Solution for Secure Boot Woes now Available

Solution for Secure Boot Woes now Available

By | December 2nd, 2012
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For Linux distributions that want to work on the upcoming generation of

Secure Boot-enabled computers, a solution is now available.


														               
							 	 						

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For Linux distributions that want to work on the upcoming generation of Secure Boot-enabled computers, a solution is now available. We talked about Secure Boot and the challenges it poses to Linux distros—especially the smaller ones—before, but for those who aren’t aware of the controversies surrounding secure boot, let us clarify. Secure Boot is a feature of UEFI, which itself is the successor to the ageing BIOS. Secure Boot is intended to make it impossible for a virus to infect the boot process of a computer.The way it works is that it checks the digital signature on the boot code to ensure that the software is not tampered and has been signed by a trusted authority. If it is, the boot code is executed and the system starts, and if it hasn’t been signed, the boot process fails, and the system refuses to boot.The issue is that since Microsoft is dominant, most computers will only ship with Microsoft as the only trusted authority. As such these computers will only boot Microsoft-signed software, i.e. Windows 8.

The situation isn’t as grave as it may sound, since it is possible to turn off secure boot on x86 hardware, and even possible to get another boot loader signed by Microsoft. However while this is feasible for larger distros, for the smaller ones, this can be tougher problem.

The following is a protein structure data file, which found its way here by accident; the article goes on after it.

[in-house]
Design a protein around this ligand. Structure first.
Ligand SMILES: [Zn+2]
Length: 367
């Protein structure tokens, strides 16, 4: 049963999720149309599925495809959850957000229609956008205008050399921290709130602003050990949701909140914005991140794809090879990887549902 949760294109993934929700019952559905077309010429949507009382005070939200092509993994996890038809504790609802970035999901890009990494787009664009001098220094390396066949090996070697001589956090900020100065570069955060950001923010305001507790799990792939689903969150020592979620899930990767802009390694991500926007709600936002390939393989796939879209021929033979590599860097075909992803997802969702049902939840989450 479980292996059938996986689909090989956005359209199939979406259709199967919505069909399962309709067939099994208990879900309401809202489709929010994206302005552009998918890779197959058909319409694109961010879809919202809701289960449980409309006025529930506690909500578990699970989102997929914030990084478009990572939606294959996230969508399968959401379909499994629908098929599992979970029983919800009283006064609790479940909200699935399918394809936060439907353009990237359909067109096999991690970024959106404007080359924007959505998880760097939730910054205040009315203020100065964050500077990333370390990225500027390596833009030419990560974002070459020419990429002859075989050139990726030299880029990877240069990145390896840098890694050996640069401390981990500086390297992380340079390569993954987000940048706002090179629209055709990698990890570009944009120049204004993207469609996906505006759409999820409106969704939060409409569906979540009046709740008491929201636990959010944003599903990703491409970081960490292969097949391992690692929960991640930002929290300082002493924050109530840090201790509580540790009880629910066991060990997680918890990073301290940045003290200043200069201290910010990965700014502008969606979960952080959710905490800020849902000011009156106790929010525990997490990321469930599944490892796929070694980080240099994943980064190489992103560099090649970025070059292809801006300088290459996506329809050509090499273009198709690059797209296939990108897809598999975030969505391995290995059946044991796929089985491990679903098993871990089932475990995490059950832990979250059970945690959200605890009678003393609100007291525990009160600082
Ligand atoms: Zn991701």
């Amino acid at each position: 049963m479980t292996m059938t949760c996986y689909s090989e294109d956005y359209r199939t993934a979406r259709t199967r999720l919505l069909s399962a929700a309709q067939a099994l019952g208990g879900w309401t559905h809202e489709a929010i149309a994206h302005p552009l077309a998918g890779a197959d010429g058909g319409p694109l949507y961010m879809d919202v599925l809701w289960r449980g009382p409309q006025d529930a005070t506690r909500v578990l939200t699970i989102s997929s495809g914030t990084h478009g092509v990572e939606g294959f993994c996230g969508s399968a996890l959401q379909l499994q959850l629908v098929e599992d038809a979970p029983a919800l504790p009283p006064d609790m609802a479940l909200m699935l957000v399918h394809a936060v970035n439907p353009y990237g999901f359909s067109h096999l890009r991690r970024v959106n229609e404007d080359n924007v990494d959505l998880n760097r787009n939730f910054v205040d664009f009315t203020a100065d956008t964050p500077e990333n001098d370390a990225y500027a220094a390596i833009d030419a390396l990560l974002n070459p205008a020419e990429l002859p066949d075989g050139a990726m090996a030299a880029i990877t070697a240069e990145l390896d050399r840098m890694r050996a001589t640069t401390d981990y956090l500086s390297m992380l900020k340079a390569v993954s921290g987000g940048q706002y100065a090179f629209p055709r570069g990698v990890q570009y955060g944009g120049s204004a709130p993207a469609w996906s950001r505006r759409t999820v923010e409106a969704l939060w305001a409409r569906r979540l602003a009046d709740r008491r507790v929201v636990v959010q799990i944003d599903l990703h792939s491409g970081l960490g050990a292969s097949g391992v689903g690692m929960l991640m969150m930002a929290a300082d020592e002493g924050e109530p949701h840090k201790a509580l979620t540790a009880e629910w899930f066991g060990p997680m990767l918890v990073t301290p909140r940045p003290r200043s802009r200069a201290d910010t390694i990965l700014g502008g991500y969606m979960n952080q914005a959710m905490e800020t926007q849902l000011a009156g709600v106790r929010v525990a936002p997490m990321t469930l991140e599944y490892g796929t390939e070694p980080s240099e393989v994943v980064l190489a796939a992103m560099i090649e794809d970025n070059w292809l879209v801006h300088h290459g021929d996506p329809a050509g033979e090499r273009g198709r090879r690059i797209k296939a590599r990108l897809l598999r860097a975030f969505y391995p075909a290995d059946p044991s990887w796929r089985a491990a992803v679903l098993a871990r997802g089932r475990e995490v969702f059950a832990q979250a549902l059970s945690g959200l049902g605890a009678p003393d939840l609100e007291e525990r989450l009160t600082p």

Luckily there is now a solution for this as well and it is available for any distro to adopt. The solution manages to bypass the restriction imposed by Secure Boot in not booting code that is not signed by a trusted authority while still providing the kind of security secure boot does.

The way it works is by having a pre-bootloader shim that boots the actual boot loader. This boot loader is itself signed by Microsoft, and made available to all distros.

What this pre-boot loader does is to check if the real boot loader is signed by a supported key, just like Secure Boot does. However it also lets users enroll their own keys, allowing them to enrol’ the keys of any distro they want to boot into.

A small distro can then sign its own boot loader and provide the key on the install disk, allowing the user to choose what to trust rather than having the computer manufacturer choose that for them.

You can read more about this solution on this blog post by Matthew Garrett

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Kshitij Sobti
Inserted into Kshitij's motivation banks is a particularly strong desire for justice. It's sad then, that he wastes his skills gaming, watching TV, and for the mundane task of writing prose. He tweets
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